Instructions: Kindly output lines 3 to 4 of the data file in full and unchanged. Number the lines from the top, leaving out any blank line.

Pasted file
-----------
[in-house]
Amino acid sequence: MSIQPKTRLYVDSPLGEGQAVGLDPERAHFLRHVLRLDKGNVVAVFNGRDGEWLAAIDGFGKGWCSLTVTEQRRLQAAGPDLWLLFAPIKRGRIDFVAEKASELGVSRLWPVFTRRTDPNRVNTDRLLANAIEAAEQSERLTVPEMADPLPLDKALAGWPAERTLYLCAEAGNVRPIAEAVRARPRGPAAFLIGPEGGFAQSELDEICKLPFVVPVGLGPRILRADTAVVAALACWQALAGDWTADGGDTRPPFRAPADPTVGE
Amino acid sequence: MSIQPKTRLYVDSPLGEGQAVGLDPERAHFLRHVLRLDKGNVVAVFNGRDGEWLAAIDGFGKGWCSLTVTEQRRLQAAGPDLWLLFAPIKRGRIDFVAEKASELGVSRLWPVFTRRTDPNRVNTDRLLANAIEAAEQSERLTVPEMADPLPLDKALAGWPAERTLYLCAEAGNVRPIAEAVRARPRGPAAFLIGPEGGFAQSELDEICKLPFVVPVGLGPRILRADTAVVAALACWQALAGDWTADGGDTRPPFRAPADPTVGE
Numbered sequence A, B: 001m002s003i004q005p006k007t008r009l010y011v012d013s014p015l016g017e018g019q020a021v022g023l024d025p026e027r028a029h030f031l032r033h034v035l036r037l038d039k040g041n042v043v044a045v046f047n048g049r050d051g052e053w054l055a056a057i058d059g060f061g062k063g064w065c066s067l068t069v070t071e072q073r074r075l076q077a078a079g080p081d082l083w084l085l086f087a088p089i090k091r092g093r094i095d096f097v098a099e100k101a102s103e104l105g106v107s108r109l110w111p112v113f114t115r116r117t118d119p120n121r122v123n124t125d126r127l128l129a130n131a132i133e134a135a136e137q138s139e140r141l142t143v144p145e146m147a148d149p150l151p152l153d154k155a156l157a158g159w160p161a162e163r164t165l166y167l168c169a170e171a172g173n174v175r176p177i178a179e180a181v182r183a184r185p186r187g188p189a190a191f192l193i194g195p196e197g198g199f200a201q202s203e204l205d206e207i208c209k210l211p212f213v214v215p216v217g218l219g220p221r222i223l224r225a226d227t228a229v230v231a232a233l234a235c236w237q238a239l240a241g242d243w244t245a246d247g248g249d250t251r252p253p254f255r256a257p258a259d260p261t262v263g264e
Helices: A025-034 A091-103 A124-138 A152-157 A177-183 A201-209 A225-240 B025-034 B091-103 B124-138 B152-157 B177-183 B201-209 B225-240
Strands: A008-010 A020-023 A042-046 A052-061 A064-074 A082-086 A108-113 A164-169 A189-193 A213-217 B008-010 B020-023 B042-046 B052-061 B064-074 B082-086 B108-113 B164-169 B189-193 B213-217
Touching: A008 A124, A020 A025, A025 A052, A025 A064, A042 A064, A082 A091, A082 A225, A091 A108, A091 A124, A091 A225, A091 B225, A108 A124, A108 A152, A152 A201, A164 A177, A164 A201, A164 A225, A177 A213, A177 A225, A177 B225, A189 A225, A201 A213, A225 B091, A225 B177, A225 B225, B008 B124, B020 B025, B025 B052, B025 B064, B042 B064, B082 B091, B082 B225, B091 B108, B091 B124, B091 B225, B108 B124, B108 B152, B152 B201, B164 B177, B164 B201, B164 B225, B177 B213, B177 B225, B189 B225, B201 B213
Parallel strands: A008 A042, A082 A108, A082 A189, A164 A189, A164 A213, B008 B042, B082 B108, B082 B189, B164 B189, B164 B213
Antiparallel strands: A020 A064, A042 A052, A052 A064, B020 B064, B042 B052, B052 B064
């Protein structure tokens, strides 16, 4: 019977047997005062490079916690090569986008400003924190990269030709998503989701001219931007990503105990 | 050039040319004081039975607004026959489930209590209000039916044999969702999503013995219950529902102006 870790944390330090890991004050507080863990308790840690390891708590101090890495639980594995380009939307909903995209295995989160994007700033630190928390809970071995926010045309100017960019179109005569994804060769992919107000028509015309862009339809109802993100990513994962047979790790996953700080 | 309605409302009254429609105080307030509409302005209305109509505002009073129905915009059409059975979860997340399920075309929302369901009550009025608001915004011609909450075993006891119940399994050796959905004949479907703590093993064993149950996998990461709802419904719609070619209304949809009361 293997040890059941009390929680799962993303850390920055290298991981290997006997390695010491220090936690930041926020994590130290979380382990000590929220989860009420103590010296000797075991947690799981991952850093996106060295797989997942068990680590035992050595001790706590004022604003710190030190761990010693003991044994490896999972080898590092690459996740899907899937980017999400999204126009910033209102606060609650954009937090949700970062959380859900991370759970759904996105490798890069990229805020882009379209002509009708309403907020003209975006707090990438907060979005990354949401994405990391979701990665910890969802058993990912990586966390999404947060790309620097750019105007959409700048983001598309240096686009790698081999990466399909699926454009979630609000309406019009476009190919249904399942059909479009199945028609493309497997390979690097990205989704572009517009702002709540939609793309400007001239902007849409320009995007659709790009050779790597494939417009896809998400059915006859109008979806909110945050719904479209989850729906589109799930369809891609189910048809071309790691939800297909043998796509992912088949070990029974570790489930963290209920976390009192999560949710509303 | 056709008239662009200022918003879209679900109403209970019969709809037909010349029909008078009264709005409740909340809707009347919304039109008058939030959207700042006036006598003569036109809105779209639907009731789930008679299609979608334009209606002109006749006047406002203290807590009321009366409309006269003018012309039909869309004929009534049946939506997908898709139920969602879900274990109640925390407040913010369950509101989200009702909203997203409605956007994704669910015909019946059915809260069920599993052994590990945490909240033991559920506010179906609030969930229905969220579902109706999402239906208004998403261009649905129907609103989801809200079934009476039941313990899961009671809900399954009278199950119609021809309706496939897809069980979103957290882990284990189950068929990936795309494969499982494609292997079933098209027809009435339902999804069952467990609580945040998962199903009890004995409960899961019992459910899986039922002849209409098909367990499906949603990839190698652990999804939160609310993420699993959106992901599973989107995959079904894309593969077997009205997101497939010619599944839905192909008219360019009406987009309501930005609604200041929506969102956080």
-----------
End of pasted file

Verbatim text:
Amino acid sequence: MSIQPKTRLYVDSPLGEGQAVGLDPERAHFLRHVLRLDKGNVVAVFNGRDGEWLAAIDGFGKGWCSLTVTEQRRLQAAGPDLWLLFAPIKRGRIDFVAEKASELGVSRLWPVFTRRTDPNRVNTDRLLANAIEAAEQSERLTVPEMADPLPLDKALAGWPAERTLYLCAEAGNVRPIAEAVRARPRGPAAFLIGPEGGFAQSELDEICKLPFVVPVGLGPRILRADTAVVAALACWQALAGDWTADGGDTRPPFRAPADPTVGE
Numbered sequence A, B: 001m002s003i004q005p006k007t008r009l010y011v012d013s014p015l016g017e018g019q020a021v022g023l024d025p026e027r028a029h030f031l032r033h034v035l036r037l038d039k040g041n042v043v044a045v046f047n048g049r050d051g052e053w054l055a056a057i058d059g060f061g062k063g064w065c066s067l068t069v070t071e072q073r074r075l076q077a078a079g080p081d082l083w084l085l086f087a088p089i090k091r092g093r094i095d096f097v098a099e100k101a102s103e104l105g106v107s108r109l110w111p112v113f114t115r116r117t118d119p120n121r122v123n124t125d126r127l128l129a130n131a132i133e134a135a136e137q138s139e140r141l142t143v144p145e146m147a148d149p150l151p152l153d154k155a156l157a158g159w160p161a162e163r164t165l166y167l168c169a170e171a172g173n174v175r176p177i178a179e180a181v182r183a184r185p186r187g188p189a190a191f192l193i194g195p196e197g198g199f200a201q202s203e204l205d206e207i208c209k210l211p212f213v214v215p216v217g218l219g220p221r222i223l224r225a226d227t228a229v230v231a232a233l234a235c236w237q238a239l240a241g242d243w244t245a246d247g248g249d250t251r252p253p254f255r256a257p258a259d260p261t262v263g264e